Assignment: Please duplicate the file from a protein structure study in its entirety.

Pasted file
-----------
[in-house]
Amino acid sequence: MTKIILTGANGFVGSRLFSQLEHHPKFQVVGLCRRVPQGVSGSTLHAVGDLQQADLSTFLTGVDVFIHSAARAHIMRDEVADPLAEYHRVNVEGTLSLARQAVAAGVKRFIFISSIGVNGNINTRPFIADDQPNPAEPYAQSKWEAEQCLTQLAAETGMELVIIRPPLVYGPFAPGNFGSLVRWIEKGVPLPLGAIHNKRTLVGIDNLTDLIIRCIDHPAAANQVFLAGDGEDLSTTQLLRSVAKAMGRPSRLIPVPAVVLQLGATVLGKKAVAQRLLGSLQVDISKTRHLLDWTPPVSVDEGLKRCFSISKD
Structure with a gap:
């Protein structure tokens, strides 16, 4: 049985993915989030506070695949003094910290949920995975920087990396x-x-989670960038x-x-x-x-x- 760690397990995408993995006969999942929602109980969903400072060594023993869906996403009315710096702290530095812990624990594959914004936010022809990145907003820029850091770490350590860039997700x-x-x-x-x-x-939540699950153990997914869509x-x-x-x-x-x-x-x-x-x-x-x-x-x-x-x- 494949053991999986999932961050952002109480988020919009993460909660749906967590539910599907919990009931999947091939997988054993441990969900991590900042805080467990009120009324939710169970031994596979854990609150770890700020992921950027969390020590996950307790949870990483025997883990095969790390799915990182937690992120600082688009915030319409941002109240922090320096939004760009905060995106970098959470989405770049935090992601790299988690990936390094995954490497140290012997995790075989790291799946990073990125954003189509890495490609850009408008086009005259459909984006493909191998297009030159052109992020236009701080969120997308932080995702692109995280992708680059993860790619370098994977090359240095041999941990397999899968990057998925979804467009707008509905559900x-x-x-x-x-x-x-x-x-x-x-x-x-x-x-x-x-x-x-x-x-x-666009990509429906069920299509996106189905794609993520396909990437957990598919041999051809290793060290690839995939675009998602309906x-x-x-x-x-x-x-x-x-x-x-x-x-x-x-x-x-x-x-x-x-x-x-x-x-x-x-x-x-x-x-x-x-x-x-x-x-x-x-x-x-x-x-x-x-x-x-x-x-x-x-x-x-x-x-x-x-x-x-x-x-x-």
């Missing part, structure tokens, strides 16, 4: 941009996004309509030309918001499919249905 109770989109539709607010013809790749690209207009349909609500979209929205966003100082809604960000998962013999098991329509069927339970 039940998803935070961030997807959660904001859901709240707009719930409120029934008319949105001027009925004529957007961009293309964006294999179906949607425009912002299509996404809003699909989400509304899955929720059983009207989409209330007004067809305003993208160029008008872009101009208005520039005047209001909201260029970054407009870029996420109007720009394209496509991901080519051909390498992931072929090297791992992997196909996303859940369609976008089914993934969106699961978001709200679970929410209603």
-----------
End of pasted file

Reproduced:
[in-house]
Amino acid sequence: MTKIILTGANGFVGSRLFSQLEHHPKFQVVGLCRRVPQGVSGSTLHAVGDLQQADLSTFLTGVDVFIHSAARAHIMRDEVADPLAEYHRVNVEGTLSLARQAVAAGVKRFIFISSIGVNGNINTRPFIADDQPNPAEPYAQSKWEAEQCLTQLAAETGMELVIIRPPLVYGPFAPGNFGSLVRWIEKGVPLPLGAIHNKRTLVGIDNLTDLIIRCIDHPAAANQVFLAGDGEDLSTTQLLRSVAKAMGRPSRLIPVPAVVLQLGATVLGKKAVAQRLLGSLQVDISKTRHLLDWTPPVSVDEGLKRCFSISKD
Structure with a gap:
């Protein structure tokens, strides 16, 4: 049985993915989030506070695949003094910290949920995975920087990396x-x-989670960038x-x-x-x-x- 760690397990995408993995006969999942929602109980969903400072060594023993869906996403009315710096702290530095812990624990594959914004936010022809990145907003820029850091770490350590860039997700x-x-x-x-x-x-939540699950153990997914869509x-x-x-x-x-x-x-x-x-x-x-x-x-x-x-x- 494949053991999986999932961050952002109480988020919009993460909660749906967590539910599907919990009931999947091939997988054993441990969900991590900042805080467990009120009324939710169970031994596979854990609150770890700020992921950027969390020590996950307790949870990483025997883990095969790390799915990182937690992120600082688009915030319409941002109240922090320096939004760009905060995106970098959470989405770049935090992601790299988690990936390094995954490497140290012997995790075989790291799946990073990125954003189509890495490609850009408008086009005259459909984006493909191998297009030159052109992020236009701080969120997308932080995702692109995280992708680059993860790619370098994977090359240095041999941990397999899968990057998925979804467009707008509905559900x-x-x-x-x-x-x-x-x-x-x-x-x-x-x-x-x-x-x-x-x-x-666009990509429906069920299509996106189905794609993520396909990437957990598919041999051809290793060290690839995939675009998602309906x-x-x-x-x-x-x-x-x-x-x-x-x-x-x-x-x-x-x-x-x-x-x-x-x-x-x-x-x-x-x-x-x-x-x-x-x-x-x-x-x-x-x-x-x-x-x-x-x-x-x-x-x-x-x-x-x-x-x-x-x-x-």
């Missing part, structure tokens, strides 16, 4: 941009996004309509030309918001499919249905 109770989109539709607010013809790749690209207009349909609500979209929205966003100082809604960000998962013999098991329509069927339970 039940998803935070961030997807959660904001859901709240707009719930409120029934008319949105001027009925004529957007961009293309964006294999179906949607425009912002299509996404809003699909989400509304899955929720059983009207989409209330007004067809305003993208160029008008872009101009208005520039005047209001909201260029970054407009870029996420109007720009394209496509991901080519051909390498992931072929090297791992992997196909996303859940369609976008089914993934969106699961978001709200679970929410209603």